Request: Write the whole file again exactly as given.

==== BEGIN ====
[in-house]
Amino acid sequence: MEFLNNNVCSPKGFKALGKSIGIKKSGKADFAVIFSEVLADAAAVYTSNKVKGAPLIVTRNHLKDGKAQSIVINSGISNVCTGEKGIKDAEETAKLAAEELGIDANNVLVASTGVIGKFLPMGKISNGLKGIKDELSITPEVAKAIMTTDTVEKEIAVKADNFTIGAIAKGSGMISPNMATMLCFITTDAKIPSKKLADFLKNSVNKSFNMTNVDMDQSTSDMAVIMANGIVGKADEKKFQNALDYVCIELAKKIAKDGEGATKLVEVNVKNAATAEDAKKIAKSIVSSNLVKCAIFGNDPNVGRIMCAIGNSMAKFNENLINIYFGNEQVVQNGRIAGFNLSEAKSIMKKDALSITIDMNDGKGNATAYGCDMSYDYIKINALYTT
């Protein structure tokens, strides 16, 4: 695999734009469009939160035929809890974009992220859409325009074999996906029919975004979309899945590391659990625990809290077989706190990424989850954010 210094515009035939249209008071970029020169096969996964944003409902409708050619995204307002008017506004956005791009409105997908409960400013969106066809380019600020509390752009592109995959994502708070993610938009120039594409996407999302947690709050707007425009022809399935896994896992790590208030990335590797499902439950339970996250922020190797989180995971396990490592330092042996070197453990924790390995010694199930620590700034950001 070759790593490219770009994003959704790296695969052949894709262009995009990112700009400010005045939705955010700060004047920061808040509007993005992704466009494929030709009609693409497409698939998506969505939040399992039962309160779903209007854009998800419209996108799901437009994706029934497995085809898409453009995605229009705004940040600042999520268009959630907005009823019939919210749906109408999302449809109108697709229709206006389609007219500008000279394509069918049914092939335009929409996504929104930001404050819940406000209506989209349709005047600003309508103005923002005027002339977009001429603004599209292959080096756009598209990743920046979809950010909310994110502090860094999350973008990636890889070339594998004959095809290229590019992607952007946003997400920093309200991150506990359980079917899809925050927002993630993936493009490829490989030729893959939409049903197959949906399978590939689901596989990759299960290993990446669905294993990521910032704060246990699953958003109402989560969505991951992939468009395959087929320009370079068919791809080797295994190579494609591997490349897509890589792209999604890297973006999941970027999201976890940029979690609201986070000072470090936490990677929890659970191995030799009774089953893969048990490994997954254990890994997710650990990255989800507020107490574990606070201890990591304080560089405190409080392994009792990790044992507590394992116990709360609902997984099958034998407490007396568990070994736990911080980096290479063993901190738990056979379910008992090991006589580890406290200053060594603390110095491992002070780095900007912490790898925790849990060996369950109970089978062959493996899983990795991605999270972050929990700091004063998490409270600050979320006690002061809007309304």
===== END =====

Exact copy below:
[in-house]
Amino acid sequence: MEFLNNNVCSPKGFKALGKSIGIKKSGKADFAVIFSEVLADAAAVYTSNKVKGAPLIVTRNHLKDGKAQSIVINSGISNVCTGEKGIKDAEETAKLAAEELGIDANNVLVASTGVIGKFLPMGKISNGLKGIKDELSITPEVAKAIMTTDTVEKEIAVKADNFTIGAIAKGSGMISPNMATMLCFITTDAKIPSKKLADFLKNSVNKSFNMTNVDMDQSTSDMAVIMANGIVGKADEKKFQNALDYVCIELAKKIAKDGEGATKLVEVNVKNAATAEDAKKIAKSIVSSNLVKCAIFGNDPNVGRIMCAIGNSMAKFNENLINIYFGNEQVVQNGRIAGFNLSEAKSIMKKDALSITIDMNDGKGNATAYGCDMSYDYIKINALYTT
């Protein structure tokens, strides 16, 4: 695999734009469009939160035929809890974009992220859409325009074999996906029919975004979309899945590391659990625990809290077989706190990424989850954010 210094515009035939249209008071970029020169096969996964944003409902409708050619995204307002008017506004956005791009409105997908409960400013969106066809380019600020509390752009592109995959994502708070993610938009120039594409996407999302947690709050707007425009022809399935896994896992790590208030990335590797499902439950339970996250922020190797989180995971396990490592330092042996070197453990924790390995010694199930620590700034950001 070759790593490219770009994003959704790296695969052949894709262009995009990112700009400010005045939705955010700060004047920061808040509007993005992704466009494929030709009609693409497409698939998506969505939040399992039962309160779903209007854009998800419209996108799901437009994706029934497995085809898409453009995605229009705004940040600042999520268009959630907005009823019939919210749906109408999302449809109108697709229709206006389609007219500008000279394509069918049914092939335009929409996504929104930001404050819940406000209506989209349709005047600003309508103005923002005027002339977009001429603004599209292959080096756009598209990743920046979809950010909310994110502090860094999350973008990636890889070339594998004959095809290229590019992607952007946003997400920093309200991150506990359980079917899809925050927002993630993936493009490829490989030729893959939409049903197959949906399978590939689901596989990759299960290993990446669905294993990521910032704060246990699953958003109402989560969505991951992939468009395959087929320009370079068919791809080797295994190579494609591997490349897509890589792209999604890297973006999941970027999201976890940029979690609201986070000072470090936490990677929890659970191995030799009774089953893969048990490994997954254990890994997710650990990255989800507020107490574990606070201890990591304080560089405190409080392994009792990790044992507590394992116990709360609902997984099958034998407490007396568990070994736990911080980096290479063993901190738990056979379910008992090991006589580890406290200053060594603390110095491992002070780095900007912490790898925790849990060996369950109970089978062959493996899983990795991605999270972050929990700091004063998490409270600050979320006690002061809007309304």